Also reminds me of the first time I picked up an organic head of lettuce from WF years ago. I was breaking it up into a colander in the sink and it was full of random dead bugs. I was vegan at the time and found the whole thing kind of ironic.

                                                1. re: nothingswrong

                                                  Yes, but those bugs proved you actually bought Organic lettuce. To guard against having some of those bugs in your finished dish, wash the lettuce in a bowl of salted water. Lift out, repeat, put into colander to drain.

                                                2. re: linguafood

                                                  The ants in the bowl are straight up out of a horror flick:) I have eaten them as a curious child they bite your tongue!

                                              2. re: linguafood

                                                A lot of grocery store pork tenderloin is injected with a salt solution, so I wonder if that was the "leakage"?

                                                  1. re: TorontoJo

                                                    That is my guess. And yet another reason to do the grocery shopping myself. Gah.

                                                  2. re: linguafood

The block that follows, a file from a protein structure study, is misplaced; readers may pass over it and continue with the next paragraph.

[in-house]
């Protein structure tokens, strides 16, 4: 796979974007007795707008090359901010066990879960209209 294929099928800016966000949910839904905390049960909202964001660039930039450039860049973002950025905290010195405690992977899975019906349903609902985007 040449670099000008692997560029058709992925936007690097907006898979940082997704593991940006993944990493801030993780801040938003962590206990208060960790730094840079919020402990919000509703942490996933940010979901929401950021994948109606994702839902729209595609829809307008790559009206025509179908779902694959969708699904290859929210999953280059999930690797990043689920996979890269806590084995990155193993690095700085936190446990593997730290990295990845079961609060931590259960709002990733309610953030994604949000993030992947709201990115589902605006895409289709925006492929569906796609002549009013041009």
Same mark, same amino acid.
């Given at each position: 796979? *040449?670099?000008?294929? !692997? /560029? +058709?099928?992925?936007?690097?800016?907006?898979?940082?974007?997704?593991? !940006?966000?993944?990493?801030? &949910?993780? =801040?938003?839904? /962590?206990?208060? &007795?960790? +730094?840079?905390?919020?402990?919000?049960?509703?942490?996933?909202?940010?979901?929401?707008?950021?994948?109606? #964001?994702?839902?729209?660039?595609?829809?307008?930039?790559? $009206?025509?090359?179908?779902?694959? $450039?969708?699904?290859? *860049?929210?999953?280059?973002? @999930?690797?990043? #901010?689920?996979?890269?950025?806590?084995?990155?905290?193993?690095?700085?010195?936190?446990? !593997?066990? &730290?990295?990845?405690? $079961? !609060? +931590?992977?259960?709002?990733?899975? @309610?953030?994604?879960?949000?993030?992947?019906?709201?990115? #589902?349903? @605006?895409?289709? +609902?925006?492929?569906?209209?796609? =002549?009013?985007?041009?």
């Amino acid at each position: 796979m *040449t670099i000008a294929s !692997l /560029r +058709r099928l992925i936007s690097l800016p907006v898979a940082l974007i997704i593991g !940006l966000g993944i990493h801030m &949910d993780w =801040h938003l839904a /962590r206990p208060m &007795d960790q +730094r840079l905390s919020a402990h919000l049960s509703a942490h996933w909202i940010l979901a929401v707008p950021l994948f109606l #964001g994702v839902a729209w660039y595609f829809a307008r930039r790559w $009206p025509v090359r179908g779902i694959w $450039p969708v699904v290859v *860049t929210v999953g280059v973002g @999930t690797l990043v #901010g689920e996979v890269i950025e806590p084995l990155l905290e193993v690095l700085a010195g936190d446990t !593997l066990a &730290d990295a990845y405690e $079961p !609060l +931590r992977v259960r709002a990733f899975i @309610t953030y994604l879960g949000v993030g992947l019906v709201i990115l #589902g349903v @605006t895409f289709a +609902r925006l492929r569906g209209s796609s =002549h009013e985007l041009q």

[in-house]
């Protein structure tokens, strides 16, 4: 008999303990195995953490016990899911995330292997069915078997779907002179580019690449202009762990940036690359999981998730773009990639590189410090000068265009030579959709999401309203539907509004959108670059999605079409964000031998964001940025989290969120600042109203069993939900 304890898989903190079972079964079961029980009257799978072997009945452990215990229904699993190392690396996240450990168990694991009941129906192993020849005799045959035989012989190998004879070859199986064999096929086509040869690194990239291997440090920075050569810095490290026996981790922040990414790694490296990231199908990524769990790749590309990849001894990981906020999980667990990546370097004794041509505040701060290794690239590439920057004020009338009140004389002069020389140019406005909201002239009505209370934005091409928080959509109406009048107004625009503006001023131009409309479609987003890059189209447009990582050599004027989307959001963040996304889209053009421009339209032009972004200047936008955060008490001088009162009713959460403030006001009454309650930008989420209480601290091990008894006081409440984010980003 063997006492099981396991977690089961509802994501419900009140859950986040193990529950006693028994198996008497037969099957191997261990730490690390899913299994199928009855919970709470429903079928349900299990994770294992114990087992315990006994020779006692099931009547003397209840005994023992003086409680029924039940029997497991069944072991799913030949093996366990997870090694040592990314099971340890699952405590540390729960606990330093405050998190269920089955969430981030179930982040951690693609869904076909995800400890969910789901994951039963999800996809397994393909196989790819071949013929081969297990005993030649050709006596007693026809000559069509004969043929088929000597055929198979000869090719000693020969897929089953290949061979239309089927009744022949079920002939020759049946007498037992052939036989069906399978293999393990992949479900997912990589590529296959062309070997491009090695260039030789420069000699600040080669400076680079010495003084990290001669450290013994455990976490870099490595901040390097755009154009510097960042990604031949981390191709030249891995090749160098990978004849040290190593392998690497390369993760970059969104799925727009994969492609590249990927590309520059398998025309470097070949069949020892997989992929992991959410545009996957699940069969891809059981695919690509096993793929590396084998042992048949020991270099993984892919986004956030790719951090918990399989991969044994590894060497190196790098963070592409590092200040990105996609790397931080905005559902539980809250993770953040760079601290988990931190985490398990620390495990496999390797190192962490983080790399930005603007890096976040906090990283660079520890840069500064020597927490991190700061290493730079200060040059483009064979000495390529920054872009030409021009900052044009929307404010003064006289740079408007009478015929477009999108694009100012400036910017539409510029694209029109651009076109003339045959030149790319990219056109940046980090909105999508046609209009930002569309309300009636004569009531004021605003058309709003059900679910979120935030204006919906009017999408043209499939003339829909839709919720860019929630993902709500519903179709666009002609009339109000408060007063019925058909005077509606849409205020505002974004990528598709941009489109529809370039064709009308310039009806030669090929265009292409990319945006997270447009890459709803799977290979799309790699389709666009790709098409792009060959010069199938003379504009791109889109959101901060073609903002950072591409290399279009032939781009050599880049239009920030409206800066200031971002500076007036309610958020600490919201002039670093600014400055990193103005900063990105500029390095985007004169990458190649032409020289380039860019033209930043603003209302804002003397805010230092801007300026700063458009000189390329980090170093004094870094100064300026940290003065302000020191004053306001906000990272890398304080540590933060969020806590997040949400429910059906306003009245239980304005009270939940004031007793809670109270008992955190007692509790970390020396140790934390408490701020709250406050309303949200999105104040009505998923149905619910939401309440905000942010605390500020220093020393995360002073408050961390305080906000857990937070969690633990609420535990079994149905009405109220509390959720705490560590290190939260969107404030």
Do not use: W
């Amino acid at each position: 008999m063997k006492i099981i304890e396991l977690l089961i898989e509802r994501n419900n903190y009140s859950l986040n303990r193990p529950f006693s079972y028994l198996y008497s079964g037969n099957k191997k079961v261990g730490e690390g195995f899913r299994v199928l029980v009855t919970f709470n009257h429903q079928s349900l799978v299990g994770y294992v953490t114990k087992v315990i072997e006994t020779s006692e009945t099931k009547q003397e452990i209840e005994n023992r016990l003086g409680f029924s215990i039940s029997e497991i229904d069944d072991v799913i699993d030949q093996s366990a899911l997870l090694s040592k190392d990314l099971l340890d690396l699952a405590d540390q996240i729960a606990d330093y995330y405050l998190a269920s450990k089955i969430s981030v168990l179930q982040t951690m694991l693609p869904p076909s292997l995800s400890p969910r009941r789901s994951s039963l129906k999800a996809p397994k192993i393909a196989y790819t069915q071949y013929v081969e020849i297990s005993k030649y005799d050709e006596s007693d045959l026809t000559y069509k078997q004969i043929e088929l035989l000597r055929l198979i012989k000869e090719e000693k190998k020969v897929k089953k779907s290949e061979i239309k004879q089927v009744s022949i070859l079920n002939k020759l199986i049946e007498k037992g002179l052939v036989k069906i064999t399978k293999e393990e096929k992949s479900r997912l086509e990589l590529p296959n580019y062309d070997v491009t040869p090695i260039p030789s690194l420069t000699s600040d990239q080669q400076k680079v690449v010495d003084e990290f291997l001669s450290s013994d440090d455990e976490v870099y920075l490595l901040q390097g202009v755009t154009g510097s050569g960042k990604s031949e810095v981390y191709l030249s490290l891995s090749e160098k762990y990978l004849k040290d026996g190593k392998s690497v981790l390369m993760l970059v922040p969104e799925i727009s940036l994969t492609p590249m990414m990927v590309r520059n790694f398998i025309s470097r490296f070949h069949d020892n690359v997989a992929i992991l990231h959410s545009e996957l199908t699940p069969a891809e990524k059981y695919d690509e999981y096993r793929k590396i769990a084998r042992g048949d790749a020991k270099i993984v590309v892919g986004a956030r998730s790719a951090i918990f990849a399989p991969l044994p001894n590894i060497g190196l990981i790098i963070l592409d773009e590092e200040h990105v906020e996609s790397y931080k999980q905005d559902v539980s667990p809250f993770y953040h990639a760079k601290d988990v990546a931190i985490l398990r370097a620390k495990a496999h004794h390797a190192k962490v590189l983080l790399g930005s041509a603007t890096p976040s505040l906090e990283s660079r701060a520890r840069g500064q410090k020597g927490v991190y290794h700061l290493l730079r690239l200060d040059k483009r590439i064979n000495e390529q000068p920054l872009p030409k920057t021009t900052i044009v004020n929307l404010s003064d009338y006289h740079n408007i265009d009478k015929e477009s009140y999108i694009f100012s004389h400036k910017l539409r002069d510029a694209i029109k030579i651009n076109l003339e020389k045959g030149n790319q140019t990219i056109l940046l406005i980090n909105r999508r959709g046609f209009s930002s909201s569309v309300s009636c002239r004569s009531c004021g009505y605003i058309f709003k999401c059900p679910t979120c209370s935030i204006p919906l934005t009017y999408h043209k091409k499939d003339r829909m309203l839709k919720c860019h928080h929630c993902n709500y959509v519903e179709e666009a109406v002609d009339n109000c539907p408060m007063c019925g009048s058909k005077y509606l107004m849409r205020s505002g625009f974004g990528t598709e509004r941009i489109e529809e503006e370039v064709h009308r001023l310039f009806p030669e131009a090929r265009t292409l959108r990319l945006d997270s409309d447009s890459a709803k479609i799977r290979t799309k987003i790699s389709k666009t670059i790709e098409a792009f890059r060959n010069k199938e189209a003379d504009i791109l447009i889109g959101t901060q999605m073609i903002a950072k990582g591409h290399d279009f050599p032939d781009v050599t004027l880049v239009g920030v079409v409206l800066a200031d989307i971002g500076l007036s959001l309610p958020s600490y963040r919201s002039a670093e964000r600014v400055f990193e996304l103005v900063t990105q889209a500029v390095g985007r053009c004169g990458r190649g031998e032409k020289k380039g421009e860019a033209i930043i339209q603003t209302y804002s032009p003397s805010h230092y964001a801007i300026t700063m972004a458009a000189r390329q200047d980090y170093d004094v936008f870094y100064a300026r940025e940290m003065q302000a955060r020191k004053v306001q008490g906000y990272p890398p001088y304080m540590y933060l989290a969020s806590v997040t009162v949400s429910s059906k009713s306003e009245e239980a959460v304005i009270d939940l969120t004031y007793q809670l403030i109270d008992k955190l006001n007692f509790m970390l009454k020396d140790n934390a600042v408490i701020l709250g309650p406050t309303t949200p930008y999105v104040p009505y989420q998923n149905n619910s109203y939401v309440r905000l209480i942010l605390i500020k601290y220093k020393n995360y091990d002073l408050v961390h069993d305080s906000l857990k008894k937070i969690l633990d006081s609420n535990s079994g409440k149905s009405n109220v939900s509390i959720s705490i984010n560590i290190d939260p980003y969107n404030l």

I've had that happen to me with both chicken and pork (and salmon). Not sure what it is, but it can definitely be off putting.

                                                    1. re: ludmilasdaughter

                                                      It really messes with my sense of esthetics and also fucks up the sauce. Ick. Never again.

                                                      1. re: linguafood

                                                        I am not sure about this but I think sometimes there is an infusion of some type of sodium/saline solution injected into some pork. I have experienced that same *syndrome* with very lean pork a few times.

                                                          1. re: fldhkybnva

                                                            Kind of like Botox - too much and it just becomes very wrong!

                                                            1. re: meatn3

                                                              My momentary visual of a Juva Dermed Botoxed pork tenderloin just cracked me up in an uneasy sort of way.

                                                    2. re: linguafood